BBC America
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November 08, 2015 at 03:08 AM EST

Bonnie wakes Clara to use her as collateral, threatening her life in order to get the truth out of the Doctor. He tells Bonnie that she wants the blue box, but that’s not the last choice she’ll have to make. Within the box, Bonnie finds two buttons: one for Truth, and one for Consequences. Kate shoots the Zygon guards — she’s our Kate after all — and heads to the Black Archives with the Doctor and Osgood, taking her place at the red box as Bonnie positions herself at the blue one. Their choices are set: Kate’s buttons will either detonate a bomb beneath London or release Z-67 and kill the Zygons. Bonnie’s buttons will either unmask the Zygons or lock them into human form forever.

There’s a reason why Doctor Who doesn’t tend to comment on current events: The Doctor’s view of the human experience is too broad to capture that kind of nuance. But the parallels here are unavoidable, and all of them are handled messily. Bonnie, we’re told, is a member of a radical splinter group; her views don’t line up with those of most of her people. The majority of Zygons would rather live in peace. It’s a fine point on its own, but in this case, that peace was engineered by an interloper, and it requires them to hide a part of their identity.

The man Bonnie forced to normalize killed himself because he would rather die than live as a Zygon in this society. That isn’t a good sign for anyone. It’s not Bonnie’s place to choose to expose others on their behalf, but it’s also not the Doctor’s place to reply, “So what?” when Bonnie tells him they’ve been treated like cattle. Is it worth being silenced to maintain peace? Pacifism is built into this show’s DNA, but when it’s used in real-world analogies applicable to everything from racism to religious extremism to LGBT rights, it carries implications that threaten to ignore people’s lived experiences. There are some issues too complex to be solved by a rousing speech from the Doctor.

But if anyone can make you want a speech to save the day, it’s Peter Capaldi. The Doctor owns the room, trying every trick in his arsenal (American accent included. AMERICAN. ACCENT) to make Kate and Bonnie understand what they’re about to do. No matter how right the cause, he argues, no one can ever plan for the casualties of war. It always ends where it should have started: with people sitting down to talk, and with survivors, like the Doctor, now sentenced to live with their guilt. “No one else will have to feel this pain,” he vows. “Not on my watch.”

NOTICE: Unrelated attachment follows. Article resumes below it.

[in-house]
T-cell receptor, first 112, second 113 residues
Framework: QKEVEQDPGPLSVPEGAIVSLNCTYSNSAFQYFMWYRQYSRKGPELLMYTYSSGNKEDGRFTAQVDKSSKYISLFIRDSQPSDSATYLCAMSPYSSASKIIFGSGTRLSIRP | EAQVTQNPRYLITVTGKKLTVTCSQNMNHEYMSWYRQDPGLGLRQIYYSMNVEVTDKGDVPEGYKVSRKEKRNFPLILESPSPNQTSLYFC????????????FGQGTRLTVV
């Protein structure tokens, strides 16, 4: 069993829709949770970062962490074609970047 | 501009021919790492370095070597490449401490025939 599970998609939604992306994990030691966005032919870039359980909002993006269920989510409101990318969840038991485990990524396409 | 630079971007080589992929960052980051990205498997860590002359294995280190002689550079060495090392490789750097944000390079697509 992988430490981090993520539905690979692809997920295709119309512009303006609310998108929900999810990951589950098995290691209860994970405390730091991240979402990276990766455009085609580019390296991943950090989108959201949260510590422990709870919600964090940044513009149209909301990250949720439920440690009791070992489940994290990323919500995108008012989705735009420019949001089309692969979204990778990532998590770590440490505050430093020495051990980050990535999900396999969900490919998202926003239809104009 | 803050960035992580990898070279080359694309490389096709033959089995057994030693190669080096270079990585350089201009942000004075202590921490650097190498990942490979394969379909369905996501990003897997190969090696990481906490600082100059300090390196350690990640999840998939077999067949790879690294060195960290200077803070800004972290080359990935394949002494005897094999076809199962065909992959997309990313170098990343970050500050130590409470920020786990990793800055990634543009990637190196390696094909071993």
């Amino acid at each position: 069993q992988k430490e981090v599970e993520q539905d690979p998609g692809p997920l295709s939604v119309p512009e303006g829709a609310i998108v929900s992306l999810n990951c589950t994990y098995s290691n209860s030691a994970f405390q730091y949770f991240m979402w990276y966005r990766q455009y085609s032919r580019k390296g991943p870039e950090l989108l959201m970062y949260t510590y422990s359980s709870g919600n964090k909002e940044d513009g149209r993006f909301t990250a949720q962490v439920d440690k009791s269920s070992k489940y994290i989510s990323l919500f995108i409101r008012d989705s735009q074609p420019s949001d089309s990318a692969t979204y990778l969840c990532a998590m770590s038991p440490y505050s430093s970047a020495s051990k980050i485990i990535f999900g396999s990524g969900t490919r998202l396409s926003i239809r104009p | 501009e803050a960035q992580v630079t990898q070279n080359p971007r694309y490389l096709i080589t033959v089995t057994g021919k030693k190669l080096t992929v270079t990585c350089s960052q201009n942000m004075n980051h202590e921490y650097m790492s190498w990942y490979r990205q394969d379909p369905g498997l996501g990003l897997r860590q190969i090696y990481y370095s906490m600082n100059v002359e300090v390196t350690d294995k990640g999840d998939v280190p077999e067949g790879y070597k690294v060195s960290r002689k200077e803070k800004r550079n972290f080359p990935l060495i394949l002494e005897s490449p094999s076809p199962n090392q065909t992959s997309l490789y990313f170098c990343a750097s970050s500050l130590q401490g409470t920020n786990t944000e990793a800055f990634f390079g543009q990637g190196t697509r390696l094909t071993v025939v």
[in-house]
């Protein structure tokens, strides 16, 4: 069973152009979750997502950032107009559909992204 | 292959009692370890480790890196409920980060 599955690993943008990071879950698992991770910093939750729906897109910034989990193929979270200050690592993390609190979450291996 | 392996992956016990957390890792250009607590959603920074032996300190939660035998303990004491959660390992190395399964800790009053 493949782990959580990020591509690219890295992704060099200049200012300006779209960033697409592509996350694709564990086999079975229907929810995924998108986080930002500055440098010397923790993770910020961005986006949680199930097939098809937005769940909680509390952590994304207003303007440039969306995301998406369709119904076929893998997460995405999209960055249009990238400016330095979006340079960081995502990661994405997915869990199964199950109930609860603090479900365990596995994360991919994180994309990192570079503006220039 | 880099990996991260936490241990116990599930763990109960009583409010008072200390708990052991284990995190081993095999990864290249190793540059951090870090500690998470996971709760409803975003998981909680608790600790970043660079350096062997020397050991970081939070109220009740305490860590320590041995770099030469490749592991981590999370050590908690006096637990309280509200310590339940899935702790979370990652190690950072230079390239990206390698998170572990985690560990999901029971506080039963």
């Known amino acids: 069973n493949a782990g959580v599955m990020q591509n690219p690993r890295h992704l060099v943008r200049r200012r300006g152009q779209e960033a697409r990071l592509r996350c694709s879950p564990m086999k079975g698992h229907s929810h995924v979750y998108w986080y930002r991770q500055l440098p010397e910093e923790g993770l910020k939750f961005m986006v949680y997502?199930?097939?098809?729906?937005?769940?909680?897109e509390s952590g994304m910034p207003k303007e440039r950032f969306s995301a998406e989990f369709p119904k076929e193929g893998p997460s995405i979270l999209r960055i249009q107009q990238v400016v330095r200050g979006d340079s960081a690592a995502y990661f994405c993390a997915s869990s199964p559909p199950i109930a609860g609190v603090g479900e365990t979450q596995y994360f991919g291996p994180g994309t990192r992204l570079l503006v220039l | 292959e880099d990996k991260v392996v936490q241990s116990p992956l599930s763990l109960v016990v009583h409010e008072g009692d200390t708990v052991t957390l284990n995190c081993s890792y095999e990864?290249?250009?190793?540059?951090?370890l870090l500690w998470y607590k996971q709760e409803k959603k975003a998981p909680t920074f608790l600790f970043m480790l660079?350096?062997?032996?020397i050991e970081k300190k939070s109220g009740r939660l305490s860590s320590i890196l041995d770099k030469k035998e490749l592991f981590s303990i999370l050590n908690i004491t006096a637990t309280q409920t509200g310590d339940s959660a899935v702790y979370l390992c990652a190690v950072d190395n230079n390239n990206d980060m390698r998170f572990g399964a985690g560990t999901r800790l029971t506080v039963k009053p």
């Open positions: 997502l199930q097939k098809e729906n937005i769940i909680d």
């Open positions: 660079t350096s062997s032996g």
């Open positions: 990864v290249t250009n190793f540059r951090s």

Kate steps away, but it’s Bonnie who figures out the game: The boxes are empty. The Doctor was, as usual, “talking nonsense,” but this time it was to make someone scared — to remind both Kate and Bonnie that war always has personal consequences. He’d already guaranteed his own short-term victory, but only because, in the long term, he’d already lost. And the Doctor is resigned to the fact that he’s going to lose again: By erasing Kate’s memory to preserve the terms of Operation Double, he ensures that the humans won’t learn anything from this. Peace is maintained, but he’ll never have to stop maintaining it.

War is so cyclical that even the second Osgood can’t stay dead. The Doctor gives Bonnie a reprieve — he knows what it’s like to almost press that button — and rather than continue to run around London with Clara’s face, she takes Osgood’s, joining her fellow hybrid in the day-to-day work of defending the earth. There goes the Doctor’s quest to figure out whether she was born human or Zygon. She’ll tell him one day, but only when the answer stops mattering, which is really what the Doctor is after: the day the truth doesn’t come with so many consequences.

Background radiation:

  • I can’t stop rewinding the American accent. “Bonnie sweetheart.” Like he’s John Wayne or something.
  • Peter Capaldi did some of his best work in this episode.
  • “The imbecile’s gas.” Now there’s a shout out to Harry Sullivan that only the Doctor could give.
  • “You’re all the same, you screaming kids, do you know that? ‘Look at me; I’m unforgivable.’ Well here’s the unforeseeable: I forgive you.”
  • “I did this on a very important day for me.”
  • Petronella Osgood.
  • I’m choosing to take “Basil” as a Fawlty Towers reference.
  • “It’s my plane. I had a big plane for purposes of, uh, poncing about.”
  • “Yes, well, I’m dead now, and I think I might be a bit more dead in a minute.”
  • “London. What a dump.”
  • “I’ll be the judge of time.”
  • “I made it up from the initials. It stands for Totally and Radically Driving in Space.”
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